• Industrial fuel. Fuel-grade kerosene is often used as jet fuel, or as an additive in jet fuel. Some forms are used for lubricant. Kerosene is also used as a solvent and as a way to store and stabilize crystals and phosphorous.
  • Entertainment. Kerosene is often used in outdoor concerts and venues as a way to shoot flames. Many fire dancers and fire-eaters also use it because of its high flash point. Kerosene has a low flame temperature, which makes it safe for many performances.

Like any petroleum product, kerosene is highly flammable. When kerosene fumes saturate a room, even the smallest spark can set things ablaze. Kerosene fumes are also toxic irritants to the delicate organs of the respiratory system.

Store Kerosene Properly

To prevent kerosene fumes from becoming a potential danger in your home, you need to store kerosene properly. Do not fill just any ordinary bottle or can with kerosene. Any container that will store kerosene or any other petroleum product should be rated to store volatile and flammable substances. Here are other important reminders you should follow when storing kerosene:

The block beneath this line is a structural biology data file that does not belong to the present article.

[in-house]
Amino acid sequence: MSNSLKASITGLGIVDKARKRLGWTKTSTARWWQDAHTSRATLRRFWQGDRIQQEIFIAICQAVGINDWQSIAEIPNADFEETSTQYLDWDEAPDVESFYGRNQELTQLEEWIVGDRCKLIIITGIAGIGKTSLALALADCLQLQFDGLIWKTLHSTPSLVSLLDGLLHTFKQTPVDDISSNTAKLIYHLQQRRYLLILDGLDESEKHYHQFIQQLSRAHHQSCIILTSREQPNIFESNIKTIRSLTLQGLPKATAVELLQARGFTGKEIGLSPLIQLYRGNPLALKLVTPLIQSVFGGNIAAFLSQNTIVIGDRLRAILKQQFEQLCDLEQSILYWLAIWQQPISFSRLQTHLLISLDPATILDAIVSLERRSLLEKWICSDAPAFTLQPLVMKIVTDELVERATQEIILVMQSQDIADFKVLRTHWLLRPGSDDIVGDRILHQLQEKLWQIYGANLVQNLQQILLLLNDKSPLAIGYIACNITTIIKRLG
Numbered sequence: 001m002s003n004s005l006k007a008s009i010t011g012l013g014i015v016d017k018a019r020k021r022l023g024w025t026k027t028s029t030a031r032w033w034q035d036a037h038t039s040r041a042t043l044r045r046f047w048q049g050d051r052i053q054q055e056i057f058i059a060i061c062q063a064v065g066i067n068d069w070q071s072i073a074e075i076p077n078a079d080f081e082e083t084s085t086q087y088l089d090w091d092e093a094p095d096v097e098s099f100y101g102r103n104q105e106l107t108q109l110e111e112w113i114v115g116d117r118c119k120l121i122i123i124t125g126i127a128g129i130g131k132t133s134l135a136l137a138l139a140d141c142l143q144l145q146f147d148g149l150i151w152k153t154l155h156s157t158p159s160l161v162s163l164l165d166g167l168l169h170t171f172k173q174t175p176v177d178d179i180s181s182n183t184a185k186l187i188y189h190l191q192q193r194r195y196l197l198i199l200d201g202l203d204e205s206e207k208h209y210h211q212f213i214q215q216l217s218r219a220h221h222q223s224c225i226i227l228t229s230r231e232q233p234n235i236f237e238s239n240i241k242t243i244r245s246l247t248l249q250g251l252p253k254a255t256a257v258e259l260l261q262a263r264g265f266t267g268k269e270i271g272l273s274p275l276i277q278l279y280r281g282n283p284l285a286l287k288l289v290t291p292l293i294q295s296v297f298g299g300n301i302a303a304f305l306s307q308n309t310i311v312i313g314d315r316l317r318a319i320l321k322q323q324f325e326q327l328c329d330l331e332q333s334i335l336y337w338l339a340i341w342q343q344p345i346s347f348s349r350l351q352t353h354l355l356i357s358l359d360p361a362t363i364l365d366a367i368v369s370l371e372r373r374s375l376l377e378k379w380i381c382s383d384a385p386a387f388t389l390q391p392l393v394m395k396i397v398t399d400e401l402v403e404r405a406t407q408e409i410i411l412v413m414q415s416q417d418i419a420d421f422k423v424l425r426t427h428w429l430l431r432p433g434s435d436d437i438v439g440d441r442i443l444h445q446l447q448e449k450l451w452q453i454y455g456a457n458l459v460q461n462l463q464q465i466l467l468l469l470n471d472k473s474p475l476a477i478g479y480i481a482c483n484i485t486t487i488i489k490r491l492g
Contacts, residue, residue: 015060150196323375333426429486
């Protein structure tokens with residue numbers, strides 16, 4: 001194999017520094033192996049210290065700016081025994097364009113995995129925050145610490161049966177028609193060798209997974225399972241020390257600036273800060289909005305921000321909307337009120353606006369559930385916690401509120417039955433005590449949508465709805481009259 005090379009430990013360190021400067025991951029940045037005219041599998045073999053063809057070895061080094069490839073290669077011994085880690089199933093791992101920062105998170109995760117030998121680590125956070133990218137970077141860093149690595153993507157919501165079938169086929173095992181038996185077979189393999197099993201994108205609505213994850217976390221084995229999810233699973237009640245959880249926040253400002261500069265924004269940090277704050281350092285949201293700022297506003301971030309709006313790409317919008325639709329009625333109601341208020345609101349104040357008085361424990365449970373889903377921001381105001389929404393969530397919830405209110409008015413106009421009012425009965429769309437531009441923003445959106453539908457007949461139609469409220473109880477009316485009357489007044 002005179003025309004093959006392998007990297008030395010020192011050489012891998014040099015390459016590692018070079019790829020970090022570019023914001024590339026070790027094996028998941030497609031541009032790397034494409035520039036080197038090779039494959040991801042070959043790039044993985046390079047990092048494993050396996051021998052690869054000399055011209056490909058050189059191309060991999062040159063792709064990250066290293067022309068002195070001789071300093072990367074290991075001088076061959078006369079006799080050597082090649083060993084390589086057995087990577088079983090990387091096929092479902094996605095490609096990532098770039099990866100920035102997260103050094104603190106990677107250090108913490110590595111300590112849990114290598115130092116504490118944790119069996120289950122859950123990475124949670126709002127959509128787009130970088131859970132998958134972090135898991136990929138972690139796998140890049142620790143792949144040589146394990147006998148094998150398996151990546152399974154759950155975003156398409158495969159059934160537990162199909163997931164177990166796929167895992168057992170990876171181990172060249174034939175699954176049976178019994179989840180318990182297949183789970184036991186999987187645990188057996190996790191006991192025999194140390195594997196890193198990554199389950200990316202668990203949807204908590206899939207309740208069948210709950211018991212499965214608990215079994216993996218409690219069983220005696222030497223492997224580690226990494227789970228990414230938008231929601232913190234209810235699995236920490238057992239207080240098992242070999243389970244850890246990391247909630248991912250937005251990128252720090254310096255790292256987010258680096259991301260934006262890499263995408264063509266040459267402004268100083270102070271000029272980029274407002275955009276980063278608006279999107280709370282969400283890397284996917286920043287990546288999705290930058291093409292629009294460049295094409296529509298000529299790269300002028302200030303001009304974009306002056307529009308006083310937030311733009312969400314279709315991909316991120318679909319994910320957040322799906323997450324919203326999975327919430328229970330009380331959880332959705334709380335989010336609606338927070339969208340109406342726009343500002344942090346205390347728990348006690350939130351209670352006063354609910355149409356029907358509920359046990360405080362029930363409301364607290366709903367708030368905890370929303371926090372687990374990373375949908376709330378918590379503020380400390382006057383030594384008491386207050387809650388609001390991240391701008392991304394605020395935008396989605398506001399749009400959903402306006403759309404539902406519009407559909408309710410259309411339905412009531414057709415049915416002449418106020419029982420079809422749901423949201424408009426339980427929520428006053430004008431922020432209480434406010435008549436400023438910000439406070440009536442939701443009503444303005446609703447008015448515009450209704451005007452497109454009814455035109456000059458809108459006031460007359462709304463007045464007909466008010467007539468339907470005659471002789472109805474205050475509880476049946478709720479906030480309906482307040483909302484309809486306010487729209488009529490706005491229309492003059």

• Keep kerosene out of reach of children, or a source of flame.
  • Make sure that the lid or cover of the kerosene container is tightly closed. The place you store kerosene in should not smell like kerosene.
  • If you do not use kerosene on a regular basis, you’re better off not storing kerosene in your house at all. Buy liter-bottles of kerosene from the gasoline station only when you need them.